UAB STEM undergraduates named Goldwater Scholars

Ben Boros, Maggie Collier and Remy Meir join the group of 24 UAB students to date who have been named Goldwater Scholars.

goldwater 2017 webFrom left: Ben Boros, Maggie Collier and Remy MeirThree University of Alabama at Birmingham students have been named 2017 Goldwater Scholars by the Barry M. Goldwater Scholarship and Excellence in Education Foundation.

Ben Boros, Maggie Collier and Remy Meir join the group of 24 UAB students to date who have been named Goldwater Scholars.

Each year, UAB may nominate up to four outstanding sophomore and junior students in the math, science and engineering fields for scholarships awarded by the Barry Goldwater Scholarship and Excellence in Education Foundation.

The foundation grants each recipient a scholarship for the 2017-2018 academic year that covers the cost of tuition, fees, books, and room and board up to a maximum of $7,500 per year.

The three UAB students were selected from a pool of more than 1,200 student-applicants from colleges and universities nationwide, and were among just 250 students who received the award. The scholars were selected based on their academic achievements outlined in the nominations submitted by faculty members.

The three UAB students recognized this year are:

  • Ben Boros (Montgomery, Alabama) is a neuroscience major in the College of Arts and Sciences and School of Medicine and is a member of the Honors College’s Science and Technology Honors Program. He conducts research in the lab of Jeremy Herskowitz, Ph.D., in the Department of Neurology. Last summer, Boros was one of eight students to participate in the UAB Honors Neuroscience Research Academy. He will present his work at the 2017 Alzheimer’s Association International Conference this summer in London, England. Boros plans to pursue an M.D./Ph.D. in neurobiology and conduct translational research on underlying mechanisms and possible therapeutics for neurodegenerative diseases.
“Being selected both to represent UAB and to receive the award nationally has been an incredible honor,” Boros said. “There are so many undergraduates at UAB who have achieved incredible success both in the lab and around campus, so the opportunity to represent UAB is, itself, a great honor. 
  • Maggie Collier (Deatsville, Alabama), a biomedical engineering and electrical engineering double major, is also a member of the Honors College’s Science and Technology Honors Program. She researches in the lab of Ho-Wook Jun, Ph.D., and is editor-in-chief of Inquiro, UAB’s undergraduate research journal. Collier was recently named Most Outstanding Undergraduate Student in the Department of Biomedical Engineering. This summer, she will participate in the National Science Foundation’s Research Experiences for Undergraduates program at Georgia Tech. Collier wants to earn her Ph.D. in electrical engineering or biomedical engineering and work to innovate medical technologies that involve aspects of tissue interactions, electronics and robotics.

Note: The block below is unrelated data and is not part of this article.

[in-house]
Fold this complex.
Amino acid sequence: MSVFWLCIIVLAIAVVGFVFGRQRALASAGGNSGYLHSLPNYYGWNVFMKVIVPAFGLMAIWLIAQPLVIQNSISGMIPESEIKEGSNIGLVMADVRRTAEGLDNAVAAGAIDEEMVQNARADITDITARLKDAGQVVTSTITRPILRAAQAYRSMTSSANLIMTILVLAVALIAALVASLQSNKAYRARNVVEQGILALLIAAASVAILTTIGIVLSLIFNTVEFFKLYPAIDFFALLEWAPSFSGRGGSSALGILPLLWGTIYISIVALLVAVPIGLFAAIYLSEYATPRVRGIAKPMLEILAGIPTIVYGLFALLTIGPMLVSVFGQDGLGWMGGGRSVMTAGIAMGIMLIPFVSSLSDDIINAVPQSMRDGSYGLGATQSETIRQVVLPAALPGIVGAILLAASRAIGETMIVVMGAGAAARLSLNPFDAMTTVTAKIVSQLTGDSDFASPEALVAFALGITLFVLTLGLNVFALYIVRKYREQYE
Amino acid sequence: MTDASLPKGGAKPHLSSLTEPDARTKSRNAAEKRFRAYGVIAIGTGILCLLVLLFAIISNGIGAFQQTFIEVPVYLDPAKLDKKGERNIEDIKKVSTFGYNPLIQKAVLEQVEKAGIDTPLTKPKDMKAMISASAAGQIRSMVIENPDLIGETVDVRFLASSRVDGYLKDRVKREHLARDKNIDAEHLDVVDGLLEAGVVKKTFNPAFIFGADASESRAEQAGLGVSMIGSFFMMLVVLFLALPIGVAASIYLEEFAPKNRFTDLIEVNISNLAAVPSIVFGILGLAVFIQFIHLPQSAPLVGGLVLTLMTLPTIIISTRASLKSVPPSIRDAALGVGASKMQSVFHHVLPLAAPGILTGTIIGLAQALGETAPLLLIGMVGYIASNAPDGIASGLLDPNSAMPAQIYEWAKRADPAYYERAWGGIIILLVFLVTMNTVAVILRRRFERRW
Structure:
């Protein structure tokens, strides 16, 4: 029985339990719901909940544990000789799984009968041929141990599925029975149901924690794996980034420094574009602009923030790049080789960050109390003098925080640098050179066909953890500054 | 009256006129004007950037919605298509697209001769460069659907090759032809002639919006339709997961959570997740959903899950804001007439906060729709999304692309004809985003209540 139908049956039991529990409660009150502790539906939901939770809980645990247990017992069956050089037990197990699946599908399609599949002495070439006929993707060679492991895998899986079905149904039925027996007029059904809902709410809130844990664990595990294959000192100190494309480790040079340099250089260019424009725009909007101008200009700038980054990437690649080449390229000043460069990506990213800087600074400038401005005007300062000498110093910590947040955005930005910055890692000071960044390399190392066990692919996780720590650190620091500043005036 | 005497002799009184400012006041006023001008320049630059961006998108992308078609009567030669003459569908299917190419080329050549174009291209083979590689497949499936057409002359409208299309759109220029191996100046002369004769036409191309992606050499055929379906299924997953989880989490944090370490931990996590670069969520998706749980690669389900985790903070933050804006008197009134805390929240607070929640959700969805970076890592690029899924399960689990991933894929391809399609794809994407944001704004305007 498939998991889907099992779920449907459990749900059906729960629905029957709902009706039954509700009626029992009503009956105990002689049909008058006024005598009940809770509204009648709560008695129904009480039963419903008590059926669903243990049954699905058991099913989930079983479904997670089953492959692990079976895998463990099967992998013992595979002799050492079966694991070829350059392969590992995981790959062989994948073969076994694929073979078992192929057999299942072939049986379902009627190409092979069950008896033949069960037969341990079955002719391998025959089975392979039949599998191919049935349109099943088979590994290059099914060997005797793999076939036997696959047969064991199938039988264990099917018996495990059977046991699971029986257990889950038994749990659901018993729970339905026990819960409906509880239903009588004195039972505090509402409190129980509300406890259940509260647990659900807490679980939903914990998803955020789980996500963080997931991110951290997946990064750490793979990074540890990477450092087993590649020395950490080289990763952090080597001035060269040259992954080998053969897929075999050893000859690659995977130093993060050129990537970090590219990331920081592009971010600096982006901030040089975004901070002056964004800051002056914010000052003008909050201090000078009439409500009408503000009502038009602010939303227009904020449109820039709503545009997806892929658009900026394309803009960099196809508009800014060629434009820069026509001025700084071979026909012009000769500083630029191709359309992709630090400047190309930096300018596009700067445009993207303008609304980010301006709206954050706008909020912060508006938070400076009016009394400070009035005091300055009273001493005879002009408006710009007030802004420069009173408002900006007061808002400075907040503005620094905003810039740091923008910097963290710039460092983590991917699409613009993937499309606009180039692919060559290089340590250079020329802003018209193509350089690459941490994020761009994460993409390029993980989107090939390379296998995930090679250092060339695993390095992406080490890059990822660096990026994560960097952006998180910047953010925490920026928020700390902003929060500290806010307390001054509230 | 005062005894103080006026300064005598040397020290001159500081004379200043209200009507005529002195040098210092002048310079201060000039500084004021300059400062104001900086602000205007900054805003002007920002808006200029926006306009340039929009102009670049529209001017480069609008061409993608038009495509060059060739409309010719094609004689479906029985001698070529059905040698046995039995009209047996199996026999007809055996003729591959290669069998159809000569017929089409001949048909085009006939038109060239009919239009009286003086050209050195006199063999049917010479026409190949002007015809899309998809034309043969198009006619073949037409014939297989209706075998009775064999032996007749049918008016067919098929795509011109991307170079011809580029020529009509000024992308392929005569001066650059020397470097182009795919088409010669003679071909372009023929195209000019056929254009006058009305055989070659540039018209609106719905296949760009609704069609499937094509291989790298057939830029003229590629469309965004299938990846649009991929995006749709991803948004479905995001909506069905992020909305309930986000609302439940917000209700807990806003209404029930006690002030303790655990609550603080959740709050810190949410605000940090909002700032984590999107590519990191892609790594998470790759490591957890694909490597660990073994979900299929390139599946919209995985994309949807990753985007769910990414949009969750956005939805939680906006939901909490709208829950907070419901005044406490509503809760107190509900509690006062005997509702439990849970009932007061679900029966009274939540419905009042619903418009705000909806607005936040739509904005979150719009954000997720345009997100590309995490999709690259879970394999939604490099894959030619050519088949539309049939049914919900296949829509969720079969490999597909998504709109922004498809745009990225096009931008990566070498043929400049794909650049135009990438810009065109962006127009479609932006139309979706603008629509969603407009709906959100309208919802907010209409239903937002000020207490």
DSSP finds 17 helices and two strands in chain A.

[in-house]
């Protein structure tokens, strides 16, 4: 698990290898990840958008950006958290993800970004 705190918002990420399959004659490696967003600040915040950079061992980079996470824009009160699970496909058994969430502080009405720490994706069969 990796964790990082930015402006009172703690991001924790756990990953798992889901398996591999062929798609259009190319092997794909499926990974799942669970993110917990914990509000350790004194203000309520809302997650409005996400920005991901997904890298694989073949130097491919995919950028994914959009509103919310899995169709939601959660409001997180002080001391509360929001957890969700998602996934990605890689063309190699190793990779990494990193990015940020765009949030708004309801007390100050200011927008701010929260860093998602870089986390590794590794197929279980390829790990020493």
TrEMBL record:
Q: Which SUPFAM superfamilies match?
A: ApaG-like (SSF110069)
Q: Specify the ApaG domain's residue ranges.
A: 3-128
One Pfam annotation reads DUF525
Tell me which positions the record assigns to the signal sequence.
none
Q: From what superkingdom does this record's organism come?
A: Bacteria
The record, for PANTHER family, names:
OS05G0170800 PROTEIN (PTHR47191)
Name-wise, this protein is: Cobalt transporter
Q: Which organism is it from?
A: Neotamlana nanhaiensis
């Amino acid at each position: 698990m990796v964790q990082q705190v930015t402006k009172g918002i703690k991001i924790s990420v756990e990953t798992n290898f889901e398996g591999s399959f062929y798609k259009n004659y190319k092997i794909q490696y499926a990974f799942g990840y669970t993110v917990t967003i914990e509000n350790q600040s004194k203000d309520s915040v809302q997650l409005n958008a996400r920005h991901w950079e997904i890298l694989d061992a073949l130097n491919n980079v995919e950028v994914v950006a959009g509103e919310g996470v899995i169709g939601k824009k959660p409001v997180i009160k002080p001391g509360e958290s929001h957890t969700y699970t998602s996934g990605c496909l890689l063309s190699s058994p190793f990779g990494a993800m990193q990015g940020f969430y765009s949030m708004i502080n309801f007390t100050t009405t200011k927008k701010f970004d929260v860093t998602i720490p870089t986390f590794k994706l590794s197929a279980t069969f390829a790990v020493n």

“When you graduate from high school in a class size of 16, it doesn’t really occur to anyone that you might ever have a chance to conduct world-class research or be considered for a prestigious honor,” Collier said. “Winning the Goldwater Scholarship reminds me that I have exceeded so many expectations, including many of my own.”
  • Remy Meir (Auburn, Alabama) is a neuroscience major pursuing a personalized path in the UAB Honors College. Meir conducts research in the lab of Robert Sorge, Ph.D., in the Department of Psychology, serves as a UAB Undergraduate Research Ambassador and recently co-founded a pre-Ph.D. society for UAB students. Last summer, she also participated in the UAB Honors Neuroscience Research Academy. Meir is currently studying abroad and conducting research in Norway. Meir plans to pursue a Ph.D. in behavioral neuroscience to further her research and teach in that field.
“Winning this award is such a gratifying honor,” Meir said. “Having the title of Goldwater Scholar gives me confidence that I can be successful pursuing a career in research, and makes me eager to see what the future holds as I continue down this path.”

The Goldwater Scholarship program began in 1989 with the purpose of encouraging outstanding students to pursue careers in engineering, mathematics and the natural sciences. Since its first award in 1989, the foundation has bestowed 7,921 scholarships worth approximately $63 million.

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